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The RCOG backs abortion reform in the Republic of Ireland

News 25 April 2018

The Royal College of Obstetricians and Gynaecologists (RCOG) was established in 1929 as a College for the British Isles and gives equal status to the constituent parts of the UK and the Republic of Ireland. A representative from the Republic of Ireland sits on the RCOG’s Council and the majority of O&G consultants in Ireland are members of the College.

Professor Lesley Regan, President of the RCOG, said:

“The RCOG believes that women in the Republic of Ireland should be able to access abortion care services within their own country. The presence of the Eighth amendment in the Irish Constitution means that thousands of women travel from Ireland to the UK every year to access abortion services because this care is otherwise unavailable to them.

“In 2016, at least 3,265 women from Ireland – more than 60 a week – travelled to England, Scotland or Wales for an abortion without a medical referral and at huge personal cost, emotionally and financially.

“The high cost and stress of travelling to another country for an abortion, combined with the increasing availability of abortion medication online, has seen a growing number of women from Ireland – potentially up to 1,000 year – attempting to end pregnancies this way, without any medical supervision.   

“If the amendment is repealed, we urge the Irish government to ensure that abortion is subject to regulatory and professional standards, in line with other medical procedures. The RCOG stands by ready to help train and support our colleagues to deliver safe abortion care services throughout Ireland.”

Professor John Morrison, National University of Ireland Galway and Consultant Obstetrician and Gynaecologist at Galway University Hospital, and RCOG Council Representative for Ireland, said:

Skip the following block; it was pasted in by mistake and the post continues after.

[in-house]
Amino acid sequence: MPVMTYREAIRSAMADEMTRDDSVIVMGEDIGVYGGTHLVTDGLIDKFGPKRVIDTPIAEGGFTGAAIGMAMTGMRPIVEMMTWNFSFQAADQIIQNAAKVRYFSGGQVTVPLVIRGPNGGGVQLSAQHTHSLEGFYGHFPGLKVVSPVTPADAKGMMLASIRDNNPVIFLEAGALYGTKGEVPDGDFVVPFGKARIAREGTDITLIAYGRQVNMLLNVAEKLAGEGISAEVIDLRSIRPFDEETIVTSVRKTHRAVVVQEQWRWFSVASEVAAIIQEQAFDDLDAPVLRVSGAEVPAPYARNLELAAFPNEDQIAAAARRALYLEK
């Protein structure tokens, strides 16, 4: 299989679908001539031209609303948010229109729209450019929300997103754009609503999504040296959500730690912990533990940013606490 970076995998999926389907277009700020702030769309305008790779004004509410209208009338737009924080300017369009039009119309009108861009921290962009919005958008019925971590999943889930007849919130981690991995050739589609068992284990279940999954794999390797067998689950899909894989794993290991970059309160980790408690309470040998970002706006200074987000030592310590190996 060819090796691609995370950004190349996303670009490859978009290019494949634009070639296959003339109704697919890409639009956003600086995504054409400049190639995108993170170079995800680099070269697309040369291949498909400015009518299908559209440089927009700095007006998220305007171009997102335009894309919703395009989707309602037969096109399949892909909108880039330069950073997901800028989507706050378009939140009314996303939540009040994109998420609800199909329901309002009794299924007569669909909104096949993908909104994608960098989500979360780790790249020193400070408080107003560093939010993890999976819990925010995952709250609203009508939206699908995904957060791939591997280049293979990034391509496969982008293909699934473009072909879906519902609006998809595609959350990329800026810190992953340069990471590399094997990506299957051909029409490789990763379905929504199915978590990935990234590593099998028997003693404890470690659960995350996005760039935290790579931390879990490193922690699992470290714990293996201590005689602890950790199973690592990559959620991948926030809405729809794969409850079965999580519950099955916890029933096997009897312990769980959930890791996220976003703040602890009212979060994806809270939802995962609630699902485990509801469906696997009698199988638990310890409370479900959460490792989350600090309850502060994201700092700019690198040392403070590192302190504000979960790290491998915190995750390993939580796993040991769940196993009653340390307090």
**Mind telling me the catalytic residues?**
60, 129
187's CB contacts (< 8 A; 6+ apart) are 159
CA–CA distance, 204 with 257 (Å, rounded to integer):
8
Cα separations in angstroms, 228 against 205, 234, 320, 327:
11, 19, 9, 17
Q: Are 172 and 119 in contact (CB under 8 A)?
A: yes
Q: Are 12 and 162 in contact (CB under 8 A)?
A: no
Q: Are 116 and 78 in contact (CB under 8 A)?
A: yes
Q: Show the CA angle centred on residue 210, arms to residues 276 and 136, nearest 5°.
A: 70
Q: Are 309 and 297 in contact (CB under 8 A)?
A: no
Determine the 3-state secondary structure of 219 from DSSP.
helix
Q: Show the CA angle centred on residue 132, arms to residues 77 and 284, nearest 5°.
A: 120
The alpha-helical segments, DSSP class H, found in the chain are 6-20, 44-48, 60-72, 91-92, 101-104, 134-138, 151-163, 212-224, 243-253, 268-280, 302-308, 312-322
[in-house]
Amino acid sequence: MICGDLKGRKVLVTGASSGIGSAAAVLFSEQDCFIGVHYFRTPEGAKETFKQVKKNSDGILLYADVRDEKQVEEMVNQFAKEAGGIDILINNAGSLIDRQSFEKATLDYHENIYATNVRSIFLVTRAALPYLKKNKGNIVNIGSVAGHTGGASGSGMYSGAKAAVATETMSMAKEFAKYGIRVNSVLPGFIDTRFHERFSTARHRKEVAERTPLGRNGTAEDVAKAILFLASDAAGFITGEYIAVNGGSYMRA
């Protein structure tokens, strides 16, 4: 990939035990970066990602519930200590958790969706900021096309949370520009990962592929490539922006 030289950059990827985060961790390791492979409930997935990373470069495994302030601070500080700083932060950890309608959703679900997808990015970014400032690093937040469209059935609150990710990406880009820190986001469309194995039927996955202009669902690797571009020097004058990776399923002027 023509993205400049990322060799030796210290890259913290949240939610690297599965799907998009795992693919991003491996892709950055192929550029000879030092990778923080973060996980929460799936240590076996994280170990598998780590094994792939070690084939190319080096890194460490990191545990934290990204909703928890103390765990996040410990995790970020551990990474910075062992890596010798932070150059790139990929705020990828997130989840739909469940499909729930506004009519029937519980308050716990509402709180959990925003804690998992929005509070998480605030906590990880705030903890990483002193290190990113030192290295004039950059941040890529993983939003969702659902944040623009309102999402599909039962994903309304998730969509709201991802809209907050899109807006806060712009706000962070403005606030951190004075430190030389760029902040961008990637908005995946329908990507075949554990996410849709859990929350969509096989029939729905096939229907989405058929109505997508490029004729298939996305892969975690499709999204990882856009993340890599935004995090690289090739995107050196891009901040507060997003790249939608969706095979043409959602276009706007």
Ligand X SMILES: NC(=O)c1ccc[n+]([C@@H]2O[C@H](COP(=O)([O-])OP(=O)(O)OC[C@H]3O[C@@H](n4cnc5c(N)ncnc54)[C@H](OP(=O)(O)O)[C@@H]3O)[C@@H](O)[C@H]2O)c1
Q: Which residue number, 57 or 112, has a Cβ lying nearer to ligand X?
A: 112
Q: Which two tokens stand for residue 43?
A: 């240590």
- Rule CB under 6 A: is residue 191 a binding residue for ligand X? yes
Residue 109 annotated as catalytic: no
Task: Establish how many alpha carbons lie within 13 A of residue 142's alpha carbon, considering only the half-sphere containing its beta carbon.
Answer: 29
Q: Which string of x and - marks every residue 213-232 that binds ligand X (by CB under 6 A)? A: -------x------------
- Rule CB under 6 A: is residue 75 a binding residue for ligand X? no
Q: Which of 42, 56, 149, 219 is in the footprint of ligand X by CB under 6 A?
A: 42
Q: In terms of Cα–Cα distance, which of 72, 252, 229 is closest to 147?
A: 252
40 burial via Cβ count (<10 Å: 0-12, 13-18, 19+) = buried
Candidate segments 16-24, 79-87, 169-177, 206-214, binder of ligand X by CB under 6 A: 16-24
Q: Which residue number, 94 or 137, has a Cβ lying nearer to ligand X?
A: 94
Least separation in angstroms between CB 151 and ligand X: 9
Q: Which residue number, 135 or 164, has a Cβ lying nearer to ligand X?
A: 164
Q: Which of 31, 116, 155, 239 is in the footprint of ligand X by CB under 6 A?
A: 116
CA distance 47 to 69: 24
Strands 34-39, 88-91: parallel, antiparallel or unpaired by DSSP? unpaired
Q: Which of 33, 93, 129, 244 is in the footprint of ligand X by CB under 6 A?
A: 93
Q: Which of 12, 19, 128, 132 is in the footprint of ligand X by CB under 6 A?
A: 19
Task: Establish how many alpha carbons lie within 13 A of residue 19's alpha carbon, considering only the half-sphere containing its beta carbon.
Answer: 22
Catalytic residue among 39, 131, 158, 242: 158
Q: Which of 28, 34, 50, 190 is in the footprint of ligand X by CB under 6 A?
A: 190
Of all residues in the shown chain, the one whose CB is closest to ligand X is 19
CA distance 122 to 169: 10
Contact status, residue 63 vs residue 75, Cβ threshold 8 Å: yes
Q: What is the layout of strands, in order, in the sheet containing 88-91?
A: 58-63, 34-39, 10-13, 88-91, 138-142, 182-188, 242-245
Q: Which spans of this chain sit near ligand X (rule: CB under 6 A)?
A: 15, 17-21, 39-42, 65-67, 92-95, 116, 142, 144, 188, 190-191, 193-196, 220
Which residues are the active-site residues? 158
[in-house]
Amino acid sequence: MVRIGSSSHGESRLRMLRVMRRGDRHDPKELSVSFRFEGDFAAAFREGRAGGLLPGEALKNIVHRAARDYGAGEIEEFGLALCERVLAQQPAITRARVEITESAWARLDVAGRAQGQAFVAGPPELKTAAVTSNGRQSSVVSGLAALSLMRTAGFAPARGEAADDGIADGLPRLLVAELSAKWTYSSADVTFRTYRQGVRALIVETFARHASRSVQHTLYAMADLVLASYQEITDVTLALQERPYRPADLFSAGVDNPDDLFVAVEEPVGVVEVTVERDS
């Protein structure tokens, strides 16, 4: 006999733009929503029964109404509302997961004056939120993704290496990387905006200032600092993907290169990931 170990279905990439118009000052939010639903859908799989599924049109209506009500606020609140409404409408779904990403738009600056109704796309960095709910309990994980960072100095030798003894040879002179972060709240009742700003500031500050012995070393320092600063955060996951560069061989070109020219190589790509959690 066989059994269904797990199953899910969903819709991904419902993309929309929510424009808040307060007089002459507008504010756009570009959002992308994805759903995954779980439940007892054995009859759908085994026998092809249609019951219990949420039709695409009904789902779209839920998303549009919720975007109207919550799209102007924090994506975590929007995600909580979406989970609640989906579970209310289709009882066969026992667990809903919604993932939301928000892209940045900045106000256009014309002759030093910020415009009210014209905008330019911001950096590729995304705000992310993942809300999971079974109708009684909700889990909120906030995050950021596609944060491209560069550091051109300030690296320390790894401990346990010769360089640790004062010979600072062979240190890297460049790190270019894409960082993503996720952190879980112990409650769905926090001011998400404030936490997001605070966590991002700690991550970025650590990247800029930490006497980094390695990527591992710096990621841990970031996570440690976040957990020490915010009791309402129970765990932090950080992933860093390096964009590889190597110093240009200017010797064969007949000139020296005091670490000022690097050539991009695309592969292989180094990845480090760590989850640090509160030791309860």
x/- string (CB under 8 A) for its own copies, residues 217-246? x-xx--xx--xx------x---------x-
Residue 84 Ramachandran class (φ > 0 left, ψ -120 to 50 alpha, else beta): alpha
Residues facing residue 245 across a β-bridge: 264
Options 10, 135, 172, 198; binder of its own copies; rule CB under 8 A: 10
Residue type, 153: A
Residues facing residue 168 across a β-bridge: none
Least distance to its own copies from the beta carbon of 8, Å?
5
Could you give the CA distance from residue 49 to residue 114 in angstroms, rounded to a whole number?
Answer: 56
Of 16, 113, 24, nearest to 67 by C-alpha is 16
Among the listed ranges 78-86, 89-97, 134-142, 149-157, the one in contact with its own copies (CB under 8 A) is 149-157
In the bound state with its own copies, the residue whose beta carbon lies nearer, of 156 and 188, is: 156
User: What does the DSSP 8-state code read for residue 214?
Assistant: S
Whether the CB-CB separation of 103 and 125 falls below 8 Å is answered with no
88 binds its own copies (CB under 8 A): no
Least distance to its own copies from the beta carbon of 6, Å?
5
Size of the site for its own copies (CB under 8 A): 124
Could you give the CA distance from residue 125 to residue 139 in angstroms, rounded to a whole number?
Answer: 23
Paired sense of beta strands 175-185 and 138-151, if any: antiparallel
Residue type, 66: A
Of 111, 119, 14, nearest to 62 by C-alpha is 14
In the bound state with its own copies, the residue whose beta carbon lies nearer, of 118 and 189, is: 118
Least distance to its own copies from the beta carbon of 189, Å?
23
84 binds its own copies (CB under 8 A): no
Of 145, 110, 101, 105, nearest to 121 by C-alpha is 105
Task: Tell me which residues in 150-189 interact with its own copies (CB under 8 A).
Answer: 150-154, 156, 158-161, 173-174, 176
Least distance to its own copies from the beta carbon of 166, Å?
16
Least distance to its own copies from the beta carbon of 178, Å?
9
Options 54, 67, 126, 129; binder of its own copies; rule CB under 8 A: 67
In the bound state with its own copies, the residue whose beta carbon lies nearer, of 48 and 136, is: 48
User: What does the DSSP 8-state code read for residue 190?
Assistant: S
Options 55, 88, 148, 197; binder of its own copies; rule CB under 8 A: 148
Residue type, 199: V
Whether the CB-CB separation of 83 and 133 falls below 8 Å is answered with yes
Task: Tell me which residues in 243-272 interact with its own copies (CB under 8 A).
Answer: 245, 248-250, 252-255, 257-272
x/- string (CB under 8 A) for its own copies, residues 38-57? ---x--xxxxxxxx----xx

“The current situation in Ireland means that abortion care is provided under limited circumstances, such as when a woman’s life is in danger. In other clinical situations, such as following the diagnosis of a fatal fetal condition, or where the pregnancy poses a threat to the woman’s health, women in Ireland have to make their own arrangements to obtain abortion care in a different country. Removing the Eighth amendment would permit the introduction of legislation to facilitate abortion services in Ireland in compliance with best international medical and regulatory standards.”

Ends

Notes to editors:

For media enquiries please contact the RCOG press office on +44 (0)20 7045 6773 or email pressoffice@rcog.org.uk

The RCOG is a medical charity that champions the provision of high quality women’s healthcare in the UK and beyond. It is dedicated to encouraging the study and advancing the science and practice of obstetrics and gynaecology. It does this through postgraduate medical education and training and the publication of clinical guidelines and reports on aspects of the specialty and service provision. Visit our website www.rcog.org.uk and follow us on Twitter @RCObsGyn.